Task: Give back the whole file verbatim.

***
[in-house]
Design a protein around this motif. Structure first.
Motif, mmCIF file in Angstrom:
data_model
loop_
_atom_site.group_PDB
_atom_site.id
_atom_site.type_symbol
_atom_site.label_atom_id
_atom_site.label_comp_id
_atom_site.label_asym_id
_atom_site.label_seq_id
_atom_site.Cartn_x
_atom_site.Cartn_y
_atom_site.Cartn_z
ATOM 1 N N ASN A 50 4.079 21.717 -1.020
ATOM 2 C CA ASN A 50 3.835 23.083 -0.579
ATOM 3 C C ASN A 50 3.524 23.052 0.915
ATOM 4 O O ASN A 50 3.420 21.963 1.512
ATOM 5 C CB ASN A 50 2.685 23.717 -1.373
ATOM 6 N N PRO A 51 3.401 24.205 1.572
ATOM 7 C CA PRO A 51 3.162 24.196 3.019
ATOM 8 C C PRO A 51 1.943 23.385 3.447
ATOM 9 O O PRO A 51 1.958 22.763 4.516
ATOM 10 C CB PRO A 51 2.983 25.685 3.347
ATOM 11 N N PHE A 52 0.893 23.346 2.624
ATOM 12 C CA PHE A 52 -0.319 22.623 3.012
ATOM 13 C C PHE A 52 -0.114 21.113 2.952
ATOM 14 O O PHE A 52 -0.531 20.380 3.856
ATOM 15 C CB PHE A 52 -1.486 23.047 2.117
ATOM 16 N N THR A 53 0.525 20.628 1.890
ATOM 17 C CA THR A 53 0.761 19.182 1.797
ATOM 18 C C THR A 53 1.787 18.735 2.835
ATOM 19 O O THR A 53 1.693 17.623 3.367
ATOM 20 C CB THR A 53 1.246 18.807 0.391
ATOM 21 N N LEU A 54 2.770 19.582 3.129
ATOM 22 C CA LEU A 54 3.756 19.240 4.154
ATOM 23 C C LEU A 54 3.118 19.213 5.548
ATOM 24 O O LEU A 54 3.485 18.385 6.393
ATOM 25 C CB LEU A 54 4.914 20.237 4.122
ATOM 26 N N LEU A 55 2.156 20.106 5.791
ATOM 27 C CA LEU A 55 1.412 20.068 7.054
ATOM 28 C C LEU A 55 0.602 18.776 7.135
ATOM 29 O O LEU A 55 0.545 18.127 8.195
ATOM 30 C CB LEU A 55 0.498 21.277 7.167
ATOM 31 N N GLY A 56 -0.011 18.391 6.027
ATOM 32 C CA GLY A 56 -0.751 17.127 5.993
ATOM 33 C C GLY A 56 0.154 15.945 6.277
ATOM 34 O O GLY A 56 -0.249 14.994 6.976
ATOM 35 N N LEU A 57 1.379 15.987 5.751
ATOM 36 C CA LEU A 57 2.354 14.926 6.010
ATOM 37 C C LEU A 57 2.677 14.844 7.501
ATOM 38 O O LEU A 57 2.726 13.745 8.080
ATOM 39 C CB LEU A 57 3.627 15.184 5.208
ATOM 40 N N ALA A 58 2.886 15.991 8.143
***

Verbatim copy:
[in-house]
Design a protein around this motif. Structure first.
Motif, mmCIF file in Angstrom:
data_model
loop_
_atom_site.group_PDB
_atom_site.id
_atom_site.type_symbol
_atom_site.label_atom_id
_atom_site.label_comp_id
_atom_site.label_asym_id
_atom_site.label_seq_id
_atom_site.Cartn_x
_atom_site.Cartn_y
_atom_site.Cartn_z
ATOM 1 N N ASN A 50 4.079 21.717 -1.020
ATOM 2 C CA ASN A 50 3.835 23.083 -0.579
ATOM 3 C C ASN A 50 3.524 23.052 0.915
ATOM 4 O O ASN A 50 3.420 21.963 1.512
ATOM 5 C CB ASN A 50 2.685 23.717 -1.373
ATOM 6 N N PRO A 51 3.401 24.205 1.572
ATOM 7 C CA PRO A 51 3.162 24.196 3.019
ATOM 8 C C PRO A 51 1.943 23.385 3.447
ATOM 9 O O PRO A 51 1.958 22.763 4.516
ATOM 10 C CB PRO A 51 2.983 25.685 3.347
ATOM 11 N N PHE A 52 0.893 23.346 2.624
ATOM 12 C CA PHE A 52 -0.319 22.623 3.012
ATOM 13 C C PHE A 52 -0.114 21.113 2.952
ATOM 14 O O PHE A 52 -0.531 20.380 3.856
ATOM 15 C CB PHE A 52 -1.486 23.047 2.117
ATOM 16 N N THR A 53 0.525 20.628 1.890
ATOM 17 C CA THR A 53 0.761 19.182 1.797
ATOM 18 C C THR A 53 1.787 18.735 2.835
ATOM 19 O O THR A 53 1.693 17.623 3.367
ATOM 20 C CB THR A 53 1.246 18.807 0.391
ATOM 21 N N LEU A 54 2.770 19.582 3.129
ATOM 22 C CA LEU A 54 3.756 19.240 4.154
ATOM 23 C C LEU A 54 3.118 19.213 5.548
ATOM 24 O O LEU A 54 3.485 18.385 6.393
ATOM 25 C CB LEU A 54 4.914 20.237 4.122
ATOM 26 N N LEU A 55 2.156 20.106 5.791
ATOM 27 C CA LEU A 55 1.412 20.068 7.054
ATOM 28 C C LEU A 55 0.602 18.776 7.135
ATOM 29 O O LEU A 55 0.545 18.127 8.195
ATOM 30 C CB LEU A 55 0.498 21.277 7.167
ATOM 31 N N GLY A 56 -0.011 18.391 6.027
ATOM 32 C CA GLY A 56 -0.751 17.127 5.993
ATOM 33 C C GLY A 56 0.154 15.945 6.277
ATOM 34 O O GLY A 56 -0.249 14.994 6.976
ATOM 35 N N LEU A 57 1.379 15.987 5.751
ATOM 36 C CA LEU A 57 2.354 14.926 6.010
ATOM 37 C C LEU A 57 2.677 14.844 7.501
ATOM 38 O O LEU A 57 2.726 13.745 8.080
ATOM 39 C CB LEU A 57 3.627 15.184 5.208
ATOM 40 N N ALA A 58 2.886 15.991 8.143